In the wake of the recent realization that the National Security Agency is creeping on all of us, Anonymous is now touting a trove of documents that the hacker collective says is proof that the NSA is spying on citizens of over 35 different countries.  And it says “they” (presumably the NSA) don’t want you to see them.

Here’s an excerpt from their full press release:

Greetings Netizens, and Citizens of the world.

Anonymous has obtained some documents that “they” do not want you to see, and much to “their” chagrin, we have found them, and are giving them to you. These documents prove that the NSA is spying on you, and not just Americans.  They are spying on the citizens of over 35 different countries.

These documents contain information on the companies involved in GiG, and Prism.
Whats GiG you might ask? well…

The GIG will enable the secure, agile, robust, dependable, interoperable data sharing environment for the Department where warfighter, business, and intelligence users share knowledge on  a global network that facilitates information superiority, accelerates  decision-making, effective operations, and Net-Centric transformation.

Like we said, this is happening in over 35 countries, and done in cooperation with private businesses, and intelligence partners world wide.

We bring this to you, So that you know just how little rights you have.  Your privacy and freedoms are slowly being taken from you, in closed door meetings, in laws buried in bills, and by people who are supposed to be protecting you.

GIG is presumably the Global Information Grid, a program operated by the NSA that focuses on information architecture to support information/intelligence collection capabilities.  Whether you approve of the program or not, it’s not exactly a super secret one, there’s a public web page outlining the whole GIG vision.

One of the “leaked” documents is titled “Department of Defense NetOps Strategic Vision” (pdf).  NetOps is essentially the umbrella under which the GIG operates, also largely information that is publicly available.

Other leaked documents appear to be from one of the Department of Defense Enterprise Architecture Conference events.  The DoD EA conference is an annual conference in which they discuss geeky things like how to normalize data that comes from multiple sources and how to make varying systems with varying architectures play together nicely, among other things.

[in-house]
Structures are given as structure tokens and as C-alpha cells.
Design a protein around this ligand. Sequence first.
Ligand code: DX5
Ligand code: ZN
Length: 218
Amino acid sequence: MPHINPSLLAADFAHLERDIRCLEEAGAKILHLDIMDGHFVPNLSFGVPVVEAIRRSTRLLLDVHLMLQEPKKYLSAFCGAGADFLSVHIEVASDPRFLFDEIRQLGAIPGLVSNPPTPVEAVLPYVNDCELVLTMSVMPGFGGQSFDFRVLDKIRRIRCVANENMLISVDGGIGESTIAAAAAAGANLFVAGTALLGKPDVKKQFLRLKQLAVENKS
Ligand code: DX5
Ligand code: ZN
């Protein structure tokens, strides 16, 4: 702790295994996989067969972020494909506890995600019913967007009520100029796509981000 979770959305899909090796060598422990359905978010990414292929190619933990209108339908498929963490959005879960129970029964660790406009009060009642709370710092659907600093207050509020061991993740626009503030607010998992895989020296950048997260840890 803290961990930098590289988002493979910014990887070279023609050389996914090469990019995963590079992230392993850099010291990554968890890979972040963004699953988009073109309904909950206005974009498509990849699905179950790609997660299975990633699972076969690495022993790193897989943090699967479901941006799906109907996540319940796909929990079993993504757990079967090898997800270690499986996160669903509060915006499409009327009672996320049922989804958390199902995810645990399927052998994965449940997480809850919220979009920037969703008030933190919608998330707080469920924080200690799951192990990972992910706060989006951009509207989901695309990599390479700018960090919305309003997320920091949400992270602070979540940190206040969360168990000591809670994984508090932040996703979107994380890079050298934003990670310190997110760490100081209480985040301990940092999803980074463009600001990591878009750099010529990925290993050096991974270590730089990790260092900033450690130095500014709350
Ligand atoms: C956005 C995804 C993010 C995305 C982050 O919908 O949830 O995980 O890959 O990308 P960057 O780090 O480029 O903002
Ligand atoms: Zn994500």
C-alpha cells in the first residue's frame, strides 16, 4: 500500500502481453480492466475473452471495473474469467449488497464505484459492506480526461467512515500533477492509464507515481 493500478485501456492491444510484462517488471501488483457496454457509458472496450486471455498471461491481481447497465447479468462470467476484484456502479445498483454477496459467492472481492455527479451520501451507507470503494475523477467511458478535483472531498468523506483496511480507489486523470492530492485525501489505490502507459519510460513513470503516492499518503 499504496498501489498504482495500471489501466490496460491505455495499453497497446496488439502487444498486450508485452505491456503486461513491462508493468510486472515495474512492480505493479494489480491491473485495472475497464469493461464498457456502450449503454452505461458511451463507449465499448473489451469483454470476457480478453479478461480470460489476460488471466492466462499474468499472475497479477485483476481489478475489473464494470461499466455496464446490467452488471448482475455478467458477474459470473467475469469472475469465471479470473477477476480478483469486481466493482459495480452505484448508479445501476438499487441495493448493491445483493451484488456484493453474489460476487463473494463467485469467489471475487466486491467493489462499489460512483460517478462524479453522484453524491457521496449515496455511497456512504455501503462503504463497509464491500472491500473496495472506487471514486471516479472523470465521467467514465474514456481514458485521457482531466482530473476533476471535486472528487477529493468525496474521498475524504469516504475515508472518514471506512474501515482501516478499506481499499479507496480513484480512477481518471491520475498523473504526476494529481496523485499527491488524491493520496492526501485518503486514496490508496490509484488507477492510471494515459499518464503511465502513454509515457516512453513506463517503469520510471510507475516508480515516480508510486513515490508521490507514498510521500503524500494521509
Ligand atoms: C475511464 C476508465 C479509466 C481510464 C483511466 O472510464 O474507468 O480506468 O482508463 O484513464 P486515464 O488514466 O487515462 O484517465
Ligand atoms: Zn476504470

Yet another document titled JOINT CAPABILITIES INTEGRATION AND DEVELOPMENT SYSTEM also appears to be available publicly online with some searching.  Other documents include a mundane personnel directive and a glossary of terms for standard techie-relevant words like “accessible,” “authenticate” and “schema.”

One interesting document, also available publicly by Googling, outlines numerous inquiries from people requesting to be removed from the INSA spies list.  “I’m a geek, not a spook,” reads one request.  That document appears to be possibly related to a prior incident.

It’s unclear whether a source provided the “leaked” documents to this associate(s) of Anonymous, or if the documents were simply found online with some Googling.  (I notice the press release author is careful to use the word “obtained” when referring to how the documents came into their possession).  I haven’t gone through all 13 of the documents yet, but so far, this doesn’t appear to me to be much of a super secret stash.  It’s more like a map to already available information.

The content itself may be intriguing to some, for sure, and a little bit relevant in some instances, especially if you’re a geek like me who is interested in data and how systems operate.

Maybe that’s what the takeway is supposed to be here.  Or maybe not.  It is Anonymous, after all.

UPDATE 6/7 at 4:40pm EST:  After reviewing all 13 documents, I can confirm that all of the documents posted by this person(s) claiming association to Anonymous are, in fact, all documents that are already available in the public domain.  In addition to those noted above, the remainder have all been available for download at the CJCS Directives Electronic Library, the U.S. Department of Defense Chief Information Officer office and Nationwide Suspicious Activity Reporting (SAR) Initiative websites.

 

 
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